Study Guide

The Twelve Minor Prophets Wealth and Power

Advertisement - Guide continues below

Wealth and Power

A trader, in whose hands are false balances, he loves to oppress. Ephraim has said, “Ah, I am rich, I have gained wealth for myself; in all of my gain no offense has been found in me that would be sin.” (NRSV Hosea 12:7-8)

He is a merchant, the balances of deceit are in his hand: he loveth to oppress. And Ephraim said, Yet I am become rich, I have found me out substance: in all my labours they shall find none iniquity in me that were sin. (KJV Hosea 12:7-8)

In The Protestant Ethic and the Spirit of Capitalism, trailblazing sociologist Max Weber describes how business success came to be seen as a sign that a person has been following God’s will. The Minor Prophets have a different point of view. In this passage, Ephraim’s just asking for it.

Then afterward I will pour out my spirit on all flesh; your sons and your daughters shall prophesy, your old men shall dream dreams, and your young men shall see visions. Even on the male and female slaves, in those days, I will pour out my spirit. (NRSV Joel 2:28-29)

And it shall come to pass afterward, that I will pour out my spirit upon all flesh; and your sons and your daughters shall prophesy, your old men shall dream dreams, your young men shall see
visions: And also upon the servants and upon the handmaids in those days will I pour out my spirit. (KJV Joel 2:28-29)

Disguised as an ordinary end times prophecy, this passage from Joel actually has a radical egalitarian message. Priests? Pfah. Kings? No big. The real expression of God’s justice on earth is for his spirit to speak through everyone regardless of the gender, age or status.

Thus says the LORD: For three transgressions of Israel, and for four, I will not revoke the punishment; because they sell the righteous for silver, and the needy for a pair of sandals. (NRSV Amos 2:6)

Thus saith the LORD; For three transgressions of Israel, and for four, I will not turn away the punishment thereof; because they sold the righteous for silver, and the poor for a pair of shoes. (KJV Amos 2:6)

In today’s terms, God’s mad because people are getting paid far less than they’re worth while executives are buying BMWs and Blahniks. Some commentators see this passage as referring to judges who take bribes to hand out verdicts against the poor. Others think it refers to poor debtors who are forced to sell themselves into slavery over a small debt. Regardless, it’s all a perversion of justice.

Therefore because you trample on the poor and take from them levies of grain, you have built houses of hewn stone, but you shall not live in them; you have planted pleasant vineyards, but you shall not drink their wine. For I know how many are your transgressions, and how great are your sins—you who afflict the righteous, who take a bribe, and push aside the needy in the gate. (NRSV Amos 5:11-12)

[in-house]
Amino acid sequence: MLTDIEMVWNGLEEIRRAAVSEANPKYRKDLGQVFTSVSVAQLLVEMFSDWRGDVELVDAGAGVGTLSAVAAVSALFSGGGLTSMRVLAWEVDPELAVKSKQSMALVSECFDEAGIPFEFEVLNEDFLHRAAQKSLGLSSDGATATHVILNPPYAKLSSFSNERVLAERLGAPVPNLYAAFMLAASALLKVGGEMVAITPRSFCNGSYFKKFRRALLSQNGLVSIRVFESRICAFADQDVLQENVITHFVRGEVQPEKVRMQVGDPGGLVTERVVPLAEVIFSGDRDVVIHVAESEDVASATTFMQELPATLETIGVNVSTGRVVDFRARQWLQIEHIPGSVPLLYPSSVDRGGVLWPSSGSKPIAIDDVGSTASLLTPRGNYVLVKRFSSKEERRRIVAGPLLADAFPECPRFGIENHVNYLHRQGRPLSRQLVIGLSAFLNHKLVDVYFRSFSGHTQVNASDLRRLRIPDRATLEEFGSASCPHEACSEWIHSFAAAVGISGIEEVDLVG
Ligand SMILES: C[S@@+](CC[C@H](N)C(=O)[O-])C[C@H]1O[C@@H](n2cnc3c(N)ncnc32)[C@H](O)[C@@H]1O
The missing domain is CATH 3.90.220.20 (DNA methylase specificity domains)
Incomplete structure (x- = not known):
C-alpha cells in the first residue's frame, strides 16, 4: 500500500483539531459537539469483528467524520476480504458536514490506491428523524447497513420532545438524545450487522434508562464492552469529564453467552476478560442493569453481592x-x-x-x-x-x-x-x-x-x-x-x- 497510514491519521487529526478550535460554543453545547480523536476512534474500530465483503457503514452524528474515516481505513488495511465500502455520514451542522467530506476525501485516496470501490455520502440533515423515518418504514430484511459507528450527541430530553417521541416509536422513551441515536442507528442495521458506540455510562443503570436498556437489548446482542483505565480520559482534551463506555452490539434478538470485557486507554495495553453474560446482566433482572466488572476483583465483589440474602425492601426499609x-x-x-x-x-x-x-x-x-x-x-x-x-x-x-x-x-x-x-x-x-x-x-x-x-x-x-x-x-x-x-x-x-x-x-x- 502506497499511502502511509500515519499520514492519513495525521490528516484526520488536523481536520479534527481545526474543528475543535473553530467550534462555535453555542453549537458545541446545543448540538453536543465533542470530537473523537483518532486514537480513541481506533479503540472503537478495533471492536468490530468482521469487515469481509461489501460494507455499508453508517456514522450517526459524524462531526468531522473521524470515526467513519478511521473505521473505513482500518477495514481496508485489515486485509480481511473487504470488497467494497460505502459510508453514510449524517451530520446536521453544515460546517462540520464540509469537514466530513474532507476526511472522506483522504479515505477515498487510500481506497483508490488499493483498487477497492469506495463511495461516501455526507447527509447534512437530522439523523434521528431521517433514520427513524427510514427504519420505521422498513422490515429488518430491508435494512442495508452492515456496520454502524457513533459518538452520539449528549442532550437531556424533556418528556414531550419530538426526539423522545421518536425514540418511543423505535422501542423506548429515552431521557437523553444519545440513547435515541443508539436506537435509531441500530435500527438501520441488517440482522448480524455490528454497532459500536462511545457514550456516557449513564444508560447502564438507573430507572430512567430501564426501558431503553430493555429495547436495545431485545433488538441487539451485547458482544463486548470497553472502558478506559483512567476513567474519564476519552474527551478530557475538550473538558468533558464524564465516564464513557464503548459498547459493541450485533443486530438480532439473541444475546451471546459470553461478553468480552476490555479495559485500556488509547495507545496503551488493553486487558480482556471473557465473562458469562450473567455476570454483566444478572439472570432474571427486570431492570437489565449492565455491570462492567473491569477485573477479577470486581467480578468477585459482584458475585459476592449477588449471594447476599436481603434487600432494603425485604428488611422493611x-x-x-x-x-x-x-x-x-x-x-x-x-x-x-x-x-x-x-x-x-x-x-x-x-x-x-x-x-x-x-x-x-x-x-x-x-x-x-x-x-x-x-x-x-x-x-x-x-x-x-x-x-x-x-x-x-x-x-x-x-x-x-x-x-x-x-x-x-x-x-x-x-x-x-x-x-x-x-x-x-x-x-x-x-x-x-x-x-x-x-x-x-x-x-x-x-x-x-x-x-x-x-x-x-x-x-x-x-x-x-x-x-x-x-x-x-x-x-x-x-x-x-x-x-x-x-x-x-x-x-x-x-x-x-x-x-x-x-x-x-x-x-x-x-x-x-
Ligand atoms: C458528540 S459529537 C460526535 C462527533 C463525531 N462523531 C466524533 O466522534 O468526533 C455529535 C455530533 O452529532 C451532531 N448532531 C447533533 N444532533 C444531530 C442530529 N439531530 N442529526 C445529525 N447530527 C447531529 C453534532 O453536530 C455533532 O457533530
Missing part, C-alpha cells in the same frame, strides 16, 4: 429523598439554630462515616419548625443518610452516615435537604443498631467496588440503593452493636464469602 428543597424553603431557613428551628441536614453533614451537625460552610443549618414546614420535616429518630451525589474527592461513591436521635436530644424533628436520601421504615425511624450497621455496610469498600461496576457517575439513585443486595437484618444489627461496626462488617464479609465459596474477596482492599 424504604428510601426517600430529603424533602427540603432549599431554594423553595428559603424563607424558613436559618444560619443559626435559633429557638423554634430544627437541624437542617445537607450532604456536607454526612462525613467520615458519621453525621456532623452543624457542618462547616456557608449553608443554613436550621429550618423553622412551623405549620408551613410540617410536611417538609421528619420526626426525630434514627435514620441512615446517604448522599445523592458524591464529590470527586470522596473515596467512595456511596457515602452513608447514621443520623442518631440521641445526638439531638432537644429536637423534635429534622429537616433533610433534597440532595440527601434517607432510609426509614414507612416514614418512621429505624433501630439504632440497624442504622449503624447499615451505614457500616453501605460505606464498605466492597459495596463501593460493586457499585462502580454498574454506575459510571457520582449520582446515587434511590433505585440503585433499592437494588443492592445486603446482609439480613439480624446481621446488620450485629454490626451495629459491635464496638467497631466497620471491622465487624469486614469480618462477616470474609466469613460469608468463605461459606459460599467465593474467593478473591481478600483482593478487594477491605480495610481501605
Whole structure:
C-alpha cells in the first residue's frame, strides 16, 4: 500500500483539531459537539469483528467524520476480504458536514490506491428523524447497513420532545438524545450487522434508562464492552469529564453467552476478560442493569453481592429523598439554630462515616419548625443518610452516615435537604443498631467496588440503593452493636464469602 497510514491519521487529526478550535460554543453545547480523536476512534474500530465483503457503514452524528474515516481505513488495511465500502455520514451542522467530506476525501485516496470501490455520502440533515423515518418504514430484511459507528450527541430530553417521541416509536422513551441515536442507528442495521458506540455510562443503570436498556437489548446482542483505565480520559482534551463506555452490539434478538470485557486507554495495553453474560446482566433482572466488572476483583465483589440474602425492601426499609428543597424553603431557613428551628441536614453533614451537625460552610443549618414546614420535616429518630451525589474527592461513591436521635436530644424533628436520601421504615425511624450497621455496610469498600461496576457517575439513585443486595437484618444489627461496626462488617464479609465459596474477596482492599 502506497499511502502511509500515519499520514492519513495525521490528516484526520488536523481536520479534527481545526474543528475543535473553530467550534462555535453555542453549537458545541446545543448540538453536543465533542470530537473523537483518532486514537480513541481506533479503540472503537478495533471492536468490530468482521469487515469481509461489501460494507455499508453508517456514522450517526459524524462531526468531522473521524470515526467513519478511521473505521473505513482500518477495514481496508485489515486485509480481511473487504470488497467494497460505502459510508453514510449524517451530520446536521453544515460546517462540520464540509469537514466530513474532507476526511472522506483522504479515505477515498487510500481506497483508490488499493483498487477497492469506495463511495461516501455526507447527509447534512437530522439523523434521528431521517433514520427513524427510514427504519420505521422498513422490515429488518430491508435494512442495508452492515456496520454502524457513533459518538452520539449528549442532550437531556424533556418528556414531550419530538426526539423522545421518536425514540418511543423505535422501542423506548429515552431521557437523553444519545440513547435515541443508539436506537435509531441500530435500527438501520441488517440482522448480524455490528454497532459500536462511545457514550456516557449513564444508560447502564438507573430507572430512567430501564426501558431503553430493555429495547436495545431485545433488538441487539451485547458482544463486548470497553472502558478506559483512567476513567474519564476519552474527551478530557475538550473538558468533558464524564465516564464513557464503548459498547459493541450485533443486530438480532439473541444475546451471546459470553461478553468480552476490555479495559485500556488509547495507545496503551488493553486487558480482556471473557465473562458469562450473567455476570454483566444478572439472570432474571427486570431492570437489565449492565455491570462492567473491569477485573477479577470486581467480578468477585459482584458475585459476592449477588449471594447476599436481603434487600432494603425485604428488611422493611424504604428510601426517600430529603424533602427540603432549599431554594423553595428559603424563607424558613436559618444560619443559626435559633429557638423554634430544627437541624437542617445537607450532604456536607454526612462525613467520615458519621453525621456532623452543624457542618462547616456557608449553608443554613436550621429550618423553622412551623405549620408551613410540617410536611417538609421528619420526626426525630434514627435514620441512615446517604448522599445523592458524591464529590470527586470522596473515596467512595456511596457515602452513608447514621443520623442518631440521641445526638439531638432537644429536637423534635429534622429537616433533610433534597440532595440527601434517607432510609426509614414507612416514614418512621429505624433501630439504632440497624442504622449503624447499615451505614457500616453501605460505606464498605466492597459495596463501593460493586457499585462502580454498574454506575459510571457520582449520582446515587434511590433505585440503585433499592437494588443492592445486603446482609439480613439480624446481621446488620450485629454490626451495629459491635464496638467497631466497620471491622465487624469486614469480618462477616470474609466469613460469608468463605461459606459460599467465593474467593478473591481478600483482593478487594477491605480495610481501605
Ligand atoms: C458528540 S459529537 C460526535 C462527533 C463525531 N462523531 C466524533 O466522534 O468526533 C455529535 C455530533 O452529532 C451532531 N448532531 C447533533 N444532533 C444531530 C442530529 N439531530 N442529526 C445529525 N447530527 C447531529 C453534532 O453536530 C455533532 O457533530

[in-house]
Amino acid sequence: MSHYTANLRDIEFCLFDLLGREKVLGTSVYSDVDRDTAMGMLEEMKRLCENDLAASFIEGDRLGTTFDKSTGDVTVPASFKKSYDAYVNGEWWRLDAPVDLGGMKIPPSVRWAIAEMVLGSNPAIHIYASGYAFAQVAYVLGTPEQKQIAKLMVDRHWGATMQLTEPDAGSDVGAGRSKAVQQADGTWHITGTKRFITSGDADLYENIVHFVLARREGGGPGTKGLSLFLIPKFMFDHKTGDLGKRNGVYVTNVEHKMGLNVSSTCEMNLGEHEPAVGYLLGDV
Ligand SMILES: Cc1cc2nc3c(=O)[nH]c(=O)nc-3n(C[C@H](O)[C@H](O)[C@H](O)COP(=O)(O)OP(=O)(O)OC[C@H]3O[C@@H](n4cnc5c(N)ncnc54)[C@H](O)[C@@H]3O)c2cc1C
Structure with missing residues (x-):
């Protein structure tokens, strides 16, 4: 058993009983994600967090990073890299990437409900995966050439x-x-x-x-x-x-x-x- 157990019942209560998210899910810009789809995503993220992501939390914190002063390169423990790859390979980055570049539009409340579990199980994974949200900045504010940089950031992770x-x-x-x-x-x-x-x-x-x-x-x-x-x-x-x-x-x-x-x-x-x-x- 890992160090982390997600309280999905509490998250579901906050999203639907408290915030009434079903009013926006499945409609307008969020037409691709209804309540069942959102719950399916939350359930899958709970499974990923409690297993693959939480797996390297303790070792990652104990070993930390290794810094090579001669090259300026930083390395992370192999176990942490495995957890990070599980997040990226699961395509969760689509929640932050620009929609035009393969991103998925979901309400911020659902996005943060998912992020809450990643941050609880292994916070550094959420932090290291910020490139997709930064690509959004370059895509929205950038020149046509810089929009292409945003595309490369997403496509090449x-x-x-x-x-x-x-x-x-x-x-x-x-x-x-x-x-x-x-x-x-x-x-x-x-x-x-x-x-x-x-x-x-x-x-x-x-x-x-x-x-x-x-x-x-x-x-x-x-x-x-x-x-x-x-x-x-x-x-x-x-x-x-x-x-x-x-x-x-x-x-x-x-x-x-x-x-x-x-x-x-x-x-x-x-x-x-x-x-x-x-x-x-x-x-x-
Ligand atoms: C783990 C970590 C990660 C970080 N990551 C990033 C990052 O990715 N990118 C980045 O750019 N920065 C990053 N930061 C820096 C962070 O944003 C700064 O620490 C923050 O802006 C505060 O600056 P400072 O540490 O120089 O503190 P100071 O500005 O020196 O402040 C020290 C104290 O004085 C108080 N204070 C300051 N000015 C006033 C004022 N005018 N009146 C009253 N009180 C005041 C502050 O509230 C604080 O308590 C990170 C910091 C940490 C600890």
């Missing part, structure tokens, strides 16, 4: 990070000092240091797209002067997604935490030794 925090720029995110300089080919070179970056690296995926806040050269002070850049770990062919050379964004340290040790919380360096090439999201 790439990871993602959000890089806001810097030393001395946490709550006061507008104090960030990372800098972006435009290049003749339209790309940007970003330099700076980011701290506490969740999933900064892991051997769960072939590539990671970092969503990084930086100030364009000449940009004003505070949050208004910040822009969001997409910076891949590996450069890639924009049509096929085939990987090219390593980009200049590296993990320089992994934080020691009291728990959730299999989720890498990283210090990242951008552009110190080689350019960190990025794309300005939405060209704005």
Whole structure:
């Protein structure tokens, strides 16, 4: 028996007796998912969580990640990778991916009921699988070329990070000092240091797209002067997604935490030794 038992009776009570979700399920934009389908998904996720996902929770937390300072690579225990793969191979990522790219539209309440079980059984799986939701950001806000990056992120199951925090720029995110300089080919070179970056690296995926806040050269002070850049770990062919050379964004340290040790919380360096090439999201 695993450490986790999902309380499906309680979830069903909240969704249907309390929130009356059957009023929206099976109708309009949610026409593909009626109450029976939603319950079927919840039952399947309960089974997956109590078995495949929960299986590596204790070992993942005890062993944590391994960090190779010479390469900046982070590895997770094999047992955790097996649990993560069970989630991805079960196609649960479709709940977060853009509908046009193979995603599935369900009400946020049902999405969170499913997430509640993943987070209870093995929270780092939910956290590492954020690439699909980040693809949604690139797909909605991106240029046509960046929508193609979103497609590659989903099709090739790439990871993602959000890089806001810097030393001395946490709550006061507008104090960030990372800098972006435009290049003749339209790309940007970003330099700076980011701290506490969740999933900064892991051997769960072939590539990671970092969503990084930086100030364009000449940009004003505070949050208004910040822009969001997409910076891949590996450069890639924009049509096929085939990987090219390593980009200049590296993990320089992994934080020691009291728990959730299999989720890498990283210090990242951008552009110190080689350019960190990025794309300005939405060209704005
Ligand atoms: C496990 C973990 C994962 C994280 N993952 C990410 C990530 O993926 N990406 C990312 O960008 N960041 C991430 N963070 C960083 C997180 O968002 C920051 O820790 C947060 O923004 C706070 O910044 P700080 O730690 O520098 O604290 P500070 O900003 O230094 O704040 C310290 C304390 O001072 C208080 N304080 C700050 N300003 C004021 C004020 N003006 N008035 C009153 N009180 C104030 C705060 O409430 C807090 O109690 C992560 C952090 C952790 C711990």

Forasmuch therefore as your treading is upon the poor, and ye take from him burdens of wheat: ye have built houses of hewn stone, but ye shall not dwell in them; ye have planted pleasant vineyards, but ye shall not drink wine of them. For I know your manifold transgressions and your mighty sins: they afflict the just, they take a bribe, and they turn aside the poor in the gate from their right. (KJV Amos 5:11-12)

Karma has a way of catching up. God will get the wealthy oppressors where they live—take away all the trappings of wealth like big houses and wine cellars. The problem with the wealthy and powerful in Israel, Amos says, is that they have no sense of social responsibility—there’s no regard for fairness or concern for those who are less fortunate.

It’s a good thing people don’t act like that today.

Alas for those who devise wickedness and evil deeds on their beds! When the morning dawns, they perform it, because it is in their power. They covet fields, and seize them; houses, and take them away; they oppress householder and house, people and their inheritance. (NRSV Micah 2:1-2)

Woe to them that devise iniquity, and work evil upon their beds! When the morning is light, they practise it, because it is in the power of their hand. And they covet fields, and take them by violence; and houses, and take them away: so they oppress a man and his house, even a man and his heritage. (KJV Micah 2:1-2)

In ancient Israel and Judah, a house is more than a home. It’s a family’s birthright—it gives them food to live, things to sell and security for future generations. That’s why taking a person’s land is so bad—it’s like you’re wiping out the whole family. Also worth noting: the bad guys here are piling up wealth but not doing any physical labor. Yahweh isn’t sold on the whole “Greed is good” shtick. Wealth and power are seen as addictive.